Mass surveillance and classified patents
As part of Privacy International's investigation into the mass surveillance industry we have examined hundreds of legal documents, brochures and, most recently, patents. Patents are a form of intellectual property; patent-holders publicly disclose their inventions in exchange for the exclusive rights to use and commercialise them for a limited period of time. Patent registries therefore provide a window into the otherwise murky world of the mass surveillance industry.
We believe that many surveillance companies hold classified patents - company representatives have described patents they hold to PI staff that do not appear in registries and relate to national security issues. The Manual of Patent Examining of the United States, includes a procedure (chapter 5.1) to file classified patent applications. If any given federal agency considers that a new invention or technology might pose a risk to national security, it can request a secrecy order, which means the patent information cannot be disclosed. The term of such protection is initially one year, but can be extended. In the United Kingdom, the Intellectual Property Office verifies every patent application to identify possible risks to national security or public safety were it to be published. Under Section 22 of the Patents Act, some applications can be kept secret. According to the guidance offered by the IPO, the list of technologies considered "military or prejudicial to national security or public safety" includes "instruments and computers for military applications" and "electronics with specific military applications".
It is impossible to accurately assess how many secret patents relate to surveillance technology. In 2010, an average of 5,080 secrecy orders were made in the US and almost 2,425 in the United Kingdom. It is also difficult to uncover which companies hold which patents - patents are often registered in multiple different jurisdictions and controlled by an intricate web of companies and subsidiaries. However, we have been able to pin down the following examples of patents held by companies trading in surveillance technologies.
The Spy Files published last year by Wikileaks and Privacy International included several big names in the technology industry. Among them was Alcatel, more specifically their prominent 'Unified Lawful Interception Suite'. This company claims to hold over 25,000 patents worldwide, several of which are surveillance-related. For example, their US patent for 'Lawful interception in IP Networks' encompasses a "method to provide lawful interception of traffic associated with a network device in an internet protocol (IP) network".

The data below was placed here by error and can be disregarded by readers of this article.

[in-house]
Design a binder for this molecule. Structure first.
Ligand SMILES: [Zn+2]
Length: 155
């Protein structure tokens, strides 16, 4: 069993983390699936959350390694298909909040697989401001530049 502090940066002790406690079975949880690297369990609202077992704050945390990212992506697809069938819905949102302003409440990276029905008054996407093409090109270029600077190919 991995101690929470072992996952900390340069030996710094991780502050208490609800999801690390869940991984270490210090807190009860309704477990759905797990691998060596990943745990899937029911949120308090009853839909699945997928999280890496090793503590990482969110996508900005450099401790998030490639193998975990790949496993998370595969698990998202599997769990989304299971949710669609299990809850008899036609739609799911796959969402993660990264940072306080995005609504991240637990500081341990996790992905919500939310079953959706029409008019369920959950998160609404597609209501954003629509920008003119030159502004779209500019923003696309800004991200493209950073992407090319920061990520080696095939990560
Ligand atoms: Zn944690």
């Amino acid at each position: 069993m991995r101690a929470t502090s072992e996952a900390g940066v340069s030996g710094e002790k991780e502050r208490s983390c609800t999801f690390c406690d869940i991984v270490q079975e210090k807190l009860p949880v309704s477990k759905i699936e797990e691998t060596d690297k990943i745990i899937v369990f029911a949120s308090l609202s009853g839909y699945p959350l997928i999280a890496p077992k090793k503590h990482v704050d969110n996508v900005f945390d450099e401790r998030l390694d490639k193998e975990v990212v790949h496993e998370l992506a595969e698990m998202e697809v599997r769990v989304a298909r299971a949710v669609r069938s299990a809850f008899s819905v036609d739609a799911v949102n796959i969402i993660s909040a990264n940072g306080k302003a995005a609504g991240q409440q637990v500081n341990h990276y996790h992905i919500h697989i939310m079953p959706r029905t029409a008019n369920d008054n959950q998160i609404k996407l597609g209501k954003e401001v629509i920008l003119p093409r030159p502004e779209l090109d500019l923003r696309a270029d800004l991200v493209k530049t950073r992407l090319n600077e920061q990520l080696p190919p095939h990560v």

According to the patent, a Virtual Local Area Network is configured between the interception device and the monitored network, where traffic is observed and packets are inspected. The process does not refer specifically to the monitoring technology, but it could well be some form of Deep Packet Inspection.
There are several other Alcatel patents worldwide with apparently similar purposes, for example: 'Method and device for realizing lawful interception', 'Lawful intercept of traffic connections', 'Lawful interception gateway', and 'Software model for supporting internet protocol lawful interception'.
In 2009 The Wall Street Journal revealed that a joint venture of Siemens AG and Nokia had provided Iran with technology to monitor the Internet massively. In addition, Nokia Siemens Networks had made available communications interception technology to the Bahraini authorities, which was used to interrogate and torture dissidents.
Now this technology is being sold by Trovicor, NSN's divested mass surveillance wing, which has sold spy technology to a dozen countries in the Middle East and North Africa. One of Nokia Siemens patents on this field is the 'Lawful interception of bearer traffic'. The patent refers to the "interception of bearer traffic in a communication transaction".
Nokia Siemens also holds the US patent for 'judicial monitoring on peer-to-peer networks'. The description states that "the connection is diverted via a monitoring server and in that the access to the communication data takes place with a suitable service of the monitoring server".
G2 Systems, part of the Gamma Group, have plenty of patents on monitoring systems and fibre optics. One of these is for a 'Wireless portable sensor monitoring system'.
According to its description, the use of this patent would enable a sophisticated surveillance mechanism: "The sensor monitoring system includes one or more portable sensor devices deployed at a remote location. The system also includes a controller server configured to automatically detect the one or more portable sensor devices via a network connection, to receive sensor data from the sensor devices, process the sensor data using user-defined rules, and to send commands to the sensor devices instructing the devices to perform various actions."
Last March, Reuters reported that ZTE – a Chinese telecommunications equipment company – had sold a surveillance system for Internet, mobile and landline communications to Iran. More recently, ZTE has been quizzed by US authorities under alleged spying charges.
Among others, ZTE has registered the patent 'System and method for lawful interception in IP multimedia subsystem network', described as "a lawful interception device [that] distributes arranged control information of a target user to a border network element of the IMS network". Once the target is identified, all of its 'media streams' are copied in the interception device.
Many thanks to Carlos Cortés Castillo and Nick Smallwood for their detailed research and reports into patents and the surveillance industry.